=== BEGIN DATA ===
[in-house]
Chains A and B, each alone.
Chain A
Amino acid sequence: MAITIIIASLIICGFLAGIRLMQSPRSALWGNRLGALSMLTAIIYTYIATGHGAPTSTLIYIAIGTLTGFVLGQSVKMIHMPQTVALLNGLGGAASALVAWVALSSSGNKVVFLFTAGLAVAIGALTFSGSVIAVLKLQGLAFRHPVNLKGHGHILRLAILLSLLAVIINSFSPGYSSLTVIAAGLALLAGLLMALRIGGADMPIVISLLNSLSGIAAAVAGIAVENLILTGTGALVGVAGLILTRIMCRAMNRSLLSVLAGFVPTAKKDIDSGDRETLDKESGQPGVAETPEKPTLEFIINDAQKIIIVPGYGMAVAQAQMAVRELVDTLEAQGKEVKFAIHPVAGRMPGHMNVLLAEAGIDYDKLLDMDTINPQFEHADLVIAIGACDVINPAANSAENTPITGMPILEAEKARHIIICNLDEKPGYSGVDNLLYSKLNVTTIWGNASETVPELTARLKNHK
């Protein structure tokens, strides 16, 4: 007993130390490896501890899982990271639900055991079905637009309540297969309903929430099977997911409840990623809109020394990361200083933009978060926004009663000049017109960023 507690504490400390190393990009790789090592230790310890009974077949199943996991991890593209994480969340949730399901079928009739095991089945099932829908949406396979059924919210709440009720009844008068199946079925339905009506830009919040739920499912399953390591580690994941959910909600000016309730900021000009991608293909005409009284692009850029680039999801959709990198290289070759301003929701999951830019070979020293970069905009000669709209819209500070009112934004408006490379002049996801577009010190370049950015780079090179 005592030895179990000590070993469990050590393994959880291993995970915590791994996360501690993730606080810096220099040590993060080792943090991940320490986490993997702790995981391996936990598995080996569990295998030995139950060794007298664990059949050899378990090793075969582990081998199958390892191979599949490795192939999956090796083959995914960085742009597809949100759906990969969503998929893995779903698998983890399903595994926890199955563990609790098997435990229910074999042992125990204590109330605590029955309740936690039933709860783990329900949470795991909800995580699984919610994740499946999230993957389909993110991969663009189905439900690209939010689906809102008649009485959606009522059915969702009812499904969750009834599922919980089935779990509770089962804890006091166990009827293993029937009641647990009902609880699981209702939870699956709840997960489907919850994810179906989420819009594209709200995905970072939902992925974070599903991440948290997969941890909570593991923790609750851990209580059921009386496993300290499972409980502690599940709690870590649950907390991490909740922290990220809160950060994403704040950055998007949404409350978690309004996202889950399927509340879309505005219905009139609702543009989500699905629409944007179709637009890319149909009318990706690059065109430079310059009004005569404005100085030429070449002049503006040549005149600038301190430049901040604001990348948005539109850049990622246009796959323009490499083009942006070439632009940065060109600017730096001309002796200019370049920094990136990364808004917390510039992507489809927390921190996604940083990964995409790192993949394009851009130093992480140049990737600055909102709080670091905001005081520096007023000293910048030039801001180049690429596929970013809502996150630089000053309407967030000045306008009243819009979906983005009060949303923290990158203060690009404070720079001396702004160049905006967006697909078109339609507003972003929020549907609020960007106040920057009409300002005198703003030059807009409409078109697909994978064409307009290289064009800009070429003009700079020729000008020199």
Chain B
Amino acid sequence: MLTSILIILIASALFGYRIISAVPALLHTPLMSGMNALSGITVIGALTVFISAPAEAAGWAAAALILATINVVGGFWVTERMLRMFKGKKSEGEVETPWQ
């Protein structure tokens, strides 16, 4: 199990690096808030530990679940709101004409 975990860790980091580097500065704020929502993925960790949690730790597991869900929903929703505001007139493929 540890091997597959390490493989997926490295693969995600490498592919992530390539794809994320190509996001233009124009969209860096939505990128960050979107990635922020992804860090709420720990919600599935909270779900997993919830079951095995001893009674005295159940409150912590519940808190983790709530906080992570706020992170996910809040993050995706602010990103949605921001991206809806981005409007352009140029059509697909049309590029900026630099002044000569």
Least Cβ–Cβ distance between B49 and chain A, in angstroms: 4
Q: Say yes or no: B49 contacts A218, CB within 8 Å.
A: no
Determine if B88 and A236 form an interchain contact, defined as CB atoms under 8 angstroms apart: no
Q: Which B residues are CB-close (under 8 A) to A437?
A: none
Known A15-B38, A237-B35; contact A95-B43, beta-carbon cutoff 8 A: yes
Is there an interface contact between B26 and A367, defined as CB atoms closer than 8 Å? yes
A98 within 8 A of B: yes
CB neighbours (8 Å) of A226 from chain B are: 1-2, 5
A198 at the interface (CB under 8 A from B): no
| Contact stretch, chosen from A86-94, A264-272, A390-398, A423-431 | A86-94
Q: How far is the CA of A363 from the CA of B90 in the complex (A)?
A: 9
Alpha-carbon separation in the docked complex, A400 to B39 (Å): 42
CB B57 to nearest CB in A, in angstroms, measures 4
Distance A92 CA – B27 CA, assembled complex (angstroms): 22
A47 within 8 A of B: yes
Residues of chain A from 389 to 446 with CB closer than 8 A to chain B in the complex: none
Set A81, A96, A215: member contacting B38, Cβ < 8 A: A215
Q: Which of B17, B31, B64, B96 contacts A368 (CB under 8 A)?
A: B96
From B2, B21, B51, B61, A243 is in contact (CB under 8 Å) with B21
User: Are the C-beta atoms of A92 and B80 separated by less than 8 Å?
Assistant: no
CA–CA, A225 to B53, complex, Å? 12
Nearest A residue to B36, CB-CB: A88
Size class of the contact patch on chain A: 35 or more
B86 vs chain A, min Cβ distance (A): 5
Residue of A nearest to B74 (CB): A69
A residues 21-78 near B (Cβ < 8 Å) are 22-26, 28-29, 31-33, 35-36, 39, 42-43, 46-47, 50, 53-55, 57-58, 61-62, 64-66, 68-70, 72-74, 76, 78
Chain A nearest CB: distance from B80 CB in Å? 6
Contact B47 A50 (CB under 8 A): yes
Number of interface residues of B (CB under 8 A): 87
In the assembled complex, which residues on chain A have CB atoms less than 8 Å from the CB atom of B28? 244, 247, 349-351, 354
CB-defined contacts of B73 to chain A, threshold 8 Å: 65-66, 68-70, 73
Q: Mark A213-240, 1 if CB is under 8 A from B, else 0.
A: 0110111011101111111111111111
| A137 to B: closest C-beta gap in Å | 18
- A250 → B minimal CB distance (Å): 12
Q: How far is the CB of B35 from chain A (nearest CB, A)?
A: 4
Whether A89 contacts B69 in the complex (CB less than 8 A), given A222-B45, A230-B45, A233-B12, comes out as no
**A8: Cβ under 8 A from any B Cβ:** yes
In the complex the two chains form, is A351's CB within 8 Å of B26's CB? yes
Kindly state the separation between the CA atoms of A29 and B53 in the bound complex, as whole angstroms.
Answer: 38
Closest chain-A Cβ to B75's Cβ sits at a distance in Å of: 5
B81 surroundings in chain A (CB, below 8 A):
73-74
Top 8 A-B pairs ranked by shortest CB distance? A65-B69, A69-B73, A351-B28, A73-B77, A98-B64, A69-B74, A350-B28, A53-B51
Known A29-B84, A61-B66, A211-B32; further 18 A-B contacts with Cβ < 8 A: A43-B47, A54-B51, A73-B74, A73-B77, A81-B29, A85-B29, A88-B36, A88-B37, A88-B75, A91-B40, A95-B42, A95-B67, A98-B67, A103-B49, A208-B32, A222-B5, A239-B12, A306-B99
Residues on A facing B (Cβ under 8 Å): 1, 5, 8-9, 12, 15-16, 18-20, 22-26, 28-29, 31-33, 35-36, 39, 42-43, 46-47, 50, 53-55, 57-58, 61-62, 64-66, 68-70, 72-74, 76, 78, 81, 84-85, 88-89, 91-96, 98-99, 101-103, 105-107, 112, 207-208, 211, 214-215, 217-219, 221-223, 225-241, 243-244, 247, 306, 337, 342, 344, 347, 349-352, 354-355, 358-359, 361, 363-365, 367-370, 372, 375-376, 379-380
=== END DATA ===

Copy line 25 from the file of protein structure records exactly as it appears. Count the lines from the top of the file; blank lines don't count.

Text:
Distance A92 CA – B27 CA, assembled complex (angstroms): 22